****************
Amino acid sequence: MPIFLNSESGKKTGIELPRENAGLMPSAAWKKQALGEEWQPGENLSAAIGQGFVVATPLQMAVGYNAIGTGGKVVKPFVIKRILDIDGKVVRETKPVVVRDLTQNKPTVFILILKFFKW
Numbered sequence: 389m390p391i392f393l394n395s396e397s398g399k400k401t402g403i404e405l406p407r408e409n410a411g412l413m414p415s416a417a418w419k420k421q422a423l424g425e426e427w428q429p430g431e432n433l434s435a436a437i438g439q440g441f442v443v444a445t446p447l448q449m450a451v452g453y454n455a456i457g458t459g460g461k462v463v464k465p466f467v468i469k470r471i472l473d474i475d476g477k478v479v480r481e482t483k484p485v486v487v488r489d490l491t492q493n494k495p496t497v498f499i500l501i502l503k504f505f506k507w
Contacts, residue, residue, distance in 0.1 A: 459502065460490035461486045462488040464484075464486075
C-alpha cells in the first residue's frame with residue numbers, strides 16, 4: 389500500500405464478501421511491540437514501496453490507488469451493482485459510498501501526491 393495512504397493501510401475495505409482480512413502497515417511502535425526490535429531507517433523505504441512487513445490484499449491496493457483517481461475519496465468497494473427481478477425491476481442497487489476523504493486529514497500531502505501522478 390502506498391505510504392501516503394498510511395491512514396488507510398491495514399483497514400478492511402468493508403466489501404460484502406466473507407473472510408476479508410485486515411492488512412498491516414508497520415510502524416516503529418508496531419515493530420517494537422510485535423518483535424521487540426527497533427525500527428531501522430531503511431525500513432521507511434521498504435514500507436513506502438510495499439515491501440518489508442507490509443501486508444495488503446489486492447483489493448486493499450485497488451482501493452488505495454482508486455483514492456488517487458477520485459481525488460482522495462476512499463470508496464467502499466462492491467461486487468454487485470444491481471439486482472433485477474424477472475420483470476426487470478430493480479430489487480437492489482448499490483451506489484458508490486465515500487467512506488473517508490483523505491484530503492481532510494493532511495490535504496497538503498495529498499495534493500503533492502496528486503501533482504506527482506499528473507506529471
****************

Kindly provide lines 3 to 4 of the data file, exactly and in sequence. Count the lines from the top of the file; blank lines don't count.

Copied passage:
Contacts, residue, residue, distance in 0.1 A: 459502065460490035461486045462488040464484075464486075
C-alpha cells in the first residue's frame with residue numbers, strides 16, 4: 389500500500405464478501421511491540437514501496453490507488469451493482485459510498501501526491 393495512504397493501510401475495505409482480512413502497515417511502535425526490535429531507517433523505504441512487513445490484499449491496493457483517481461475519496465468497494473427481478477425491476481442497487489476523504493486529514497500531502505501522478 390502506498391505510504392501516503394498510511395491512514396488507510398491495514399483497514400478492511402468493508403466489501404460484502406466473507407473472510408476479508410485486515411492488512412498491516414508497520415510502524416516503529418508496531419515493530420517494537422510485535423518483535424521487540426527497533427525500527428531501522430531503511431525500513432521507511434521498504435514500507436513506502438510495499439515491501440518489508442507490509443501486508444495488503446489486492447483489493448486493499450485497488451482501493452488505495454482508486455483514492456488517487458477520485459481525488460482522495462476512499463470508496464467502499466462492491467461486487468454487485470444491481471439486482472433485477474424477472475420483470476426487470478430493480479430489487480437492489482448499490483451506489484458508490486465515500487467512506488473517508490483523505491484530503492481532510494493532511495490535504496497538503498495529498499495534493500503533492502496528486503501533482504506527482506499528473507506529471